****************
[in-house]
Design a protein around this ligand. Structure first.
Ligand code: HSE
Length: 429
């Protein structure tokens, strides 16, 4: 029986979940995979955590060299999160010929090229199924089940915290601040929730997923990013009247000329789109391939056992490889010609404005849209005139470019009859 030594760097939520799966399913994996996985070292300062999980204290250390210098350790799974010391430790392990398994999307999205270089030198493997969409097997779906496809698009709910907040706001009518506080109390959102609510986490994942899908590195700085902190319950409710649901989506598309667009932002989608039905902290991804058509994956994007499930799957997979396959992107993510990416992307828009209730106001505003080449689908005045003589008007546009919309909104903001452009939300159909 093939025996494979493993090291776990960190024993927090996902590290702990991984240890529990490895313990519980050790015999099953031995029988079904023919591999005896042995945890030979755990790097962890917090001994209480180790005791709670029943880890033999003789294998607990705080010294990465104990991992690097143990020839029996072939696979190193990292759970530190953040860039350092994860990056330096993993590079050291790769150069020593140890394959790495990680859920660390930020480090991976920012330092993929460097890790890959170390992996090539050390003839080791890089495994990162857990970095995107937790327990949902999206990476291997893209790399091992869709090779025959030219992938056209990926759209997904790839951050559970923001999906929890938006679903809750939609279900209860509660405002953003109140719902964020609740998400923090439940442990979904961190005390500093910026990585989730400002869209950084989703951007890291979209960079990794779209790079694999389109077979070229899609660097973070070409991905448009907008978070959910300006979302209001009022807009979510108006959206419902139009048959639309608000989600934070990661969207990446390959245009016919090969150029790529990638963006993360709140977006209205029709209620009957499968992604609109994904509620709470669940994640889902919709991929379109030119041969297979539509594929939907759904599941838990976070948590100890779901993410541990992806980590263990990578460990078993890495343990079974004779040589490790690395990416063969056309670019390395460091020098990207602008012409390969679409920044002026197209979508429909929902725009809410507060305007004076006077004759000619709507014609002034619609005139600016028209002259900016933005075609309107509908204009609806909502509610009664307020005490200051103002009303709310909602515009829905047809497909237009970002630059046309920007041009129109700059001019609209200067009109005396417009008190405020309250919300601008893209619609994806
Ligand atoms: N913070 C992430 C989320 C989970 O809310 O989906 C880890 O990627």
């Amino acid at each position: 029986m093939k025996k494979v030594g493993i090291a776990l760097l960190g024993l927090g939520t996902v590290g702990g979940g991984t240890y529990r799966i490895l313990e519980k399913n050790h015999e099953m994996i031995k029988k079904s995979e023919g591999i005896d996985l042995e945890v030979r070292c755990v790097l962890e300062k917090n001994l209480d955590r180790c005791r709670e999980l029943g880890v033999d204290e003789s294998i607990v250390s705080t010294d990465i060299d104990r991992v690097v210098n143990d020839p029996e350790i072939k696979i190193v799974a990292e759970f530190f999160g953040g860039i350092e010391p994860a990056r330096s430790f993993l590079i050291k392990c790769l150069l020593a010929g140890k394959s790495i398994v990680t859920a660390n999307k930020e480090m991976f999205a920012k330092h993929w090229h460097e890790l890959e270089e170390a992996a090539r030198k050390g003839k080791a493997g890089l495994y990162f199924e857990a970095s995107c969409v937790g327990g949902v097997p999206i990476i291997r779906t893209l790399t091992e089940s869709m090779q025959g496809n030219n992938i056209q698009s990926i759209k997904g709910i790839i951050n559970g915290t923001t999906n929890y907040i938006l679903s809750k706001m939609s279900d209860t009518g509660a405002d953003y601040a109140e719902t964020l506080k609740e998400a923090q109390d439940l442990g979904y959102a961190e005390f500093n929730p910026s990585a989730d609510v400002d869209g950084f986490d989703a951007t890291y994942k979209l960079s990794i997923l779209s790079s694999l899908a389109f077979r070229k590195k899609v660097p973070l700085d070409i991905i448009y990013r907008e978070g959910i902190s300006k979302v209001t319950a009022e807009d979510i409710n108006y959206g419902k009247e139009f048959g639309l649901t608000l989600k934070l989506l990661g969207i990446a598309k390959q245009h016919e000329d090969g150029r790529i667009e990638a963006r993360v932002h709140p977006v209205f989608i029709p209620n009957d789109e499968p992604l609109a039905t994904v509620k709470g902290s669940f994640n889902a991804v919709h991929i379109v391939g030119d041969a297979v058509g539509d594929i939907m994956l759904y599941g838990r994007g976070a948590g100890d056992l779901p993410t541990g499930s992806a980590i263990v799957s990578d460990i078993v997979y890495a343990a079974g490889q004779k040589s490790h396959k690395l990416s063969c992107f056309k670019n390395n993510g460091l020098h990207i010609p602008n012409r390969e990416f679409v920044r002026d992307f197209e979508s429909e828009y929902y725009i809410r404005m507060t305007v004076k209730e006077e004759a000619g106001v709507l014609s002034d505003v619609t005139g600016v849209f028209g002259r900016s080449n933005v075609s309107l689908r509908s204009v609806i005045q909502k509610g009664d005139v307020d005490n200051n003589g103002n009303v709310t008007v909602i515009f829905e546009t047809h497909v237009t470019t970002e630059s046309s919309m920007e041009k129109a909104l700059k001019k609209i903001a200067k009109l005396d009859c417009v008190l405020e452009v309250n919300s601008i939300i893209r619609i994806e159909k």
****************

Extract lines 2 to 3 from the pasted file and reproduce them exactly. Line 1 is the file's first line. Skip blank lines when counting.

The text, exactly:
Design a protein around this ligand. Structure first.
Ligand code: HSE